Keeping safe

Following the Angela Black story on ITV, it throws up a number of safe-guarding issues, which need to be raised.

Angela is a victim of domestic violence and controlling behaviour.

She got approached by someone who embedded paranoid thinking about her husband, who then gave Angela a rifle. Angela then gotten embroiled in a conspiracy to murder her husband.

What is important to note is that we all need to be aware and not get involved in conversations with people

  • we do not know
  • are not accredited by any organisation
  • ask us to use burner phones to contact them
  • frequently meet with us in the street
  • send us letters, which demand money
  • send us emails offering us money for a percentage cut, if we pass it on to somebody else.

These issues alone should be red flags for all of us.

Photo by Scott Webb on

What helps to diminish the risk of being contacted by unsafe people is to have a few principles, which reduce the risk of being manipulated by any type of potentially harmful influence.

  1. Do not accept phone calls from withheld phone numbers
  2. only accept phone calls from callers who registered their number with you beforehand, send all other calls to answer phone.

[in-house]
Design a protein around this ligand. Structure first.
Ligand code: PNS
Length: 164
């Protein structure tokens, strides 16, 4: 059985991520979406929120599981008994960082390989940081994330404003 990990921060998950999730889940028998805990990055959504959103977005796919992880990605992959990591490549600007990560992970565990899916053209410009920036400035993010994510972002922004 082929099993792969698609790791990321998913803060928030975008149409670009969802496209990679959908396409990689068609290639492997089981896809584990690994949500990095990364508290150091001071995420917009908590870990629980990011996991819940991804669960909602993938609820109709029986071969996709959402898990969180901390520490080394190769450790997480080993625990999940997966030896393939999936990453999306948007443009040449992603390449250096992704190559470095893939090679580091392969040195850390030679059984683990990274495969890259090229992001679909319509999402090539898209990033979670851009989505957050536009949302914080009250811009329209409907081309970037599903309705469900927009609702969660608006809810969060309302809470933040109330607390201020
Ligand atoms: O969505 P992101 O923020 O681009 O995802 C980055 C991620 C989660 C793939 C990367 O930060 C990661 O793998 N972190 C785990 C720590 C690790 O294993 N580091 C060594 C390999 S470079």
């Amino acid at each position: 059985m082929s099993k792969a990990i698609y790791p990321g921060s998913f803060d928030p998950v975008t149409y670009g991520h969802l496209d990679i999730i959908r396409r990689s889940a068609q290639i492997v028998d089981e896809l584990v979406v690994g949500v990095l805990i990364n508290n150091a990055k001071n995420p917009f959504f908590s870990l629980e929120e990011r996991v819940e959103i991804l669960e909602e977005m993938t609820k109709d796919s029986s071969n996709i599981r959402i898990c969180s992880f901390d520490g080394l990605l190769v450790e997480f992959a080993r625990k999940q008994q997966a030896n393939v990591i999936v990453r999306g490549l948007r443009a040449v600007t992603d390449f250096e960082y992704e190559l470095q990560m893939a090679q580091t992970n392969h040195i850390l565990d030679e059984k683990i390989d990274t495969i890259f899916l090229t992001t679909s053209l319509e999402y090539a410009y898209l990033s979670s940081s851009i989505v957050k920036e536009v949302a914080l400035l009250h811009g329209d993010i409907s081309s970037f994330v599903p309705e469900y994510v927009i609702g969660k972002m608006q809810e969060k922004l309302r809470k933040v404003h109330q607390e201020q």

3. Do not engage in conversations with strangers in the street

Joining a Neighbourhood Watch group enables you to ensure that you are communicating within a safe network, which is run by responsible people.

When you are already in a vulnerable position, it is easy to get involved with someone who offers solutions, which in fact raise the level of paranoia and danger rather than lower it.

Anybody who pretends to know someone else who wants to kill you or offer you a way out of being killed, even in a domestic setting is a fraudster and dangerous. Such communications must always be reported to the police straightaway.

Always report all threads to life using 999 and general issues of safety can now be reported using this online website Streetsafe, where you can report general issues with safety in any area.

  • If you are a victim and have children, involve social services.
  • You can also call the NSPCC, as violent partners endanger children.
  • Do never accept any violence or threats of violence from any family members.
  • Do never take the law into your own hands nor take part in revenge schemes.

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